On 22 May, 13 people in the city of Thoothukudi in the southern Indian state of Tamil Nadu were massacred by police on the 100th day of continuous protest against the expansion of the giant Sterlite copper smelter. Sterlite is a subsidiary of Vedanta Resources, a multinational with operations in eight countries, including Australia.
It’s a familiar story. A global mining and metals company faces a backlash from locals after persistently flouting environmental standards. The company enjoys a cosy relationship with government officials and police, which employ deadly violence to quash the protests.
It’s a story of state-sanctioned murder to protect corporate profit – the same story played out around the world, from Bougainville to Nigeria to Brazil and everywhere between.
Vedanta is majority owned by Indian businessman Anil Agarwal, whose net worth is estimated by Forbes at US$3.3 billion. The company’s reputation is so bad that a 2007 ethics report for the Norwegian government pension fund found that investing in it represented an “unacceptable risk of complicity in present and future severe environmental damage and systematic human rights violations”.
In 2005, while pushing to construct a bauxite mine on the land of an indigenous tribe in the eastern Indian state of Odisha, the company was found to have illegally evicted people from their homes and held them prisoner in specially built camps, and that “an atmosphere of fear was created through hired goons, the police and the administration”.
In 2009, another Indian subsidiary of Vedanta, Bharat Aluminium, was constructing a power plant in the state of Chhattisgarh when a 250-metre-high chimney collapsed, killing 41 workers.
Wherever Vedanta has gone, it’s the same story. Villagers in Zambia sued the company in 2015 over pollution from its copper mine, which resulted in widespread illness and death of fish along the Kafue River. A Zambian judge said, “This was lack of corporate responsibility and criminal, and a tipping point for corporate recklessness”.
The Sterlite copper smelter on the outskirts of Thoothukudi has been opposed by locals since it began operation in 1997. That year, two ships carrying copper ore from Australia, destined for the smelter, were blockaded by fishermen in Thoothukudi’s port.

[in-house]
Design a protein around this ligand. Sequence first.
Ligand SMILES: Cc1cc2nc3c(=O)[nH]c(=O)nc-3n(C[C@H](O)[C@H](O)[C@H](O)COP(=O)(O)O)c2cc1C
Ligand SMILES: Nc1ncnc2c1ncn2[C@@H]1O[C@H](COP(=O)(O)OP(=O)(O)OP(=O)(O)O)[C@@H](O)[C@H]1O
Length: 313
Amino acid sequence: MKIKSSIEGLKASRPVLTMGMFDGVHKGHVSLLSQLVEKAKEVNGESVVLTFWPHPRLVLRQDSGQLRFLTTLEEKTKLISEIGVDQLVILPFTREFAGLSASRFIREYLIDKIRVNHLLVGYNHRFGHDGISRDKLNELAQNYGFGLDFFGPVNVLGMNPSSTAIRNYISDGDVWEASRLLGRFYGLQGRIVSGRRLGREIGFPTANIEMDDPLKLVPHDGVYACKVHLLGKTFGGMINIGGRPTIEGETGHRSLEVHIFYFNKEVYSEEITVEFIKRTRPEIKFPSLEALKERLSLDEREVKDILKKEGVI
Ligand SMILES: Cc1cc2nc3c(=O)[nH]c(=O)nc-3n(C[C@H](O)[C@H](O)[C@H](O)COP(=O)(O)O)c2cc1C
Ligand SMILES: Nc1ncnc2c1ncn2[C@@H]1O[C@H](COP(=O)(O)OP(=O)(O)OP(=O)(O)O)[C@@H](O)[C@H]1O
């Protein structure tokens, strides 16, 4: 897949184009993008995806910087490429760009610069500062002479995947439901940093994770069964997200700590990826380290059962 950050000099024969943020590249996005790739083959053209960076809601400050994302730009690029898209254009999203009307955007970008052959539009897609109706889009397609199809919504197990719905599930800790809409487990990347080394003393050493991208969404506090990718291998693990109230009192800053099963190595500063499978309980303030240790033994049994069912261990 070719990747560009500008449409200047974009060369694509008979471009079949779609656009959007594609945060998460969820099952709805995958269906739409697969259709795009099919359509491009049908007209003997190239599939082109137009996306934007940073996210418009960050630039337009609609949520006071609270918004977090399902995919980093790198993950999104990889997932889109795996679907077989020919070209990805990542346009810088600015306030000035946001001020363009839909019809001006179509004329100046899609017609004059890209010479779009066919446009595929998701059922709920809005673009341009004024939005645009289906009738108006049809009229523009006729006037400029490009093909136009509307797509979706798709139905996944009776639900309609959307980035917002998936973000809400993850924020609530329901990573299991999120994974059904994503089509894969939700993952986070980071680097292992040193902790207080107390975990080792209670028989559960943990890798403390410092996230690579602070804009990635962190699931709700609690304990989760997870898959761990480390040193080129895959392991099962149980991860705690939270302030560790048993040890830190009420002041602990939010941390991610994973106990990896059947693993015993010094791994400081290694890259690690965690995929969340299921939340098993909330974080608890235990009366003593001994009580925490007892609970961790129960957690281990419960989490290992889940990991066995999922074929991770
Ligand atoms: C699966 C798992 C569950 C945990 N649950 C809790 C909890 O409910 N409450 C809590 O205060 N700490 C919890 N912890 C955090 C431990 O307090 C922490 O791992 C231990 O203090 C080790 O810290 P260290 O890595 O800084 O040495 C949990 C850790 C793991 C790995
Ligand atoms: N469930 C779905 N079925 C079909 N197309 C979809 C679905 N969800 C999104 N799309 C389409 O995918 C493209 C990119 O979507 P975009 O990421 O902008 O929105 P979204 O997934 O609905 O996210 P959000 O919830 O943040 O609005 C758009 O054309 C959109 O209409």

They had good reason to be concerned. From the beginning, Sterlite has flouted environmental laws. Locals complained of groundwater contamination in 1998. A court-ordered study by the National Environmental Engineering Research Institute confirmed this. Water from around the plant was found to contain dangerous levels of arsenic, selenium, cadmium, magnesium and copper.
Local villagers were forced to rely on expensive bottled water for drinking. But they were exposed to the contaminated water while washing and bathing.
Besides water contamination, there were frequent gas leaks. The combined impact of air and water pollution led to skin diseases, headaches and increased cancer rates among the local population. One slogan of the recent protests has been “Copper for Sterlite, cancer for people”.
Despite the evidence, no serious action has been taken against the company. And since 1998, production has expanded from 40,000 tonnes to 400,000 tonnes a year. The smelter is now the seventh largest in the world, meeting 36 percent of India’s copper demand.
For more than 20 years, locals have campaigned to shut the smelter. Again and again, they’ve been rebuffed. The final straw – which led to the most recent outbreak of protest – was an application by Sterlite to expand production to 800,000 tonnes a year.
The protests were organised by a range of local groups and activists. Kumar, an anti-Sterlite activist from Tamil Nadu currently living in Sydney, told Red Flag: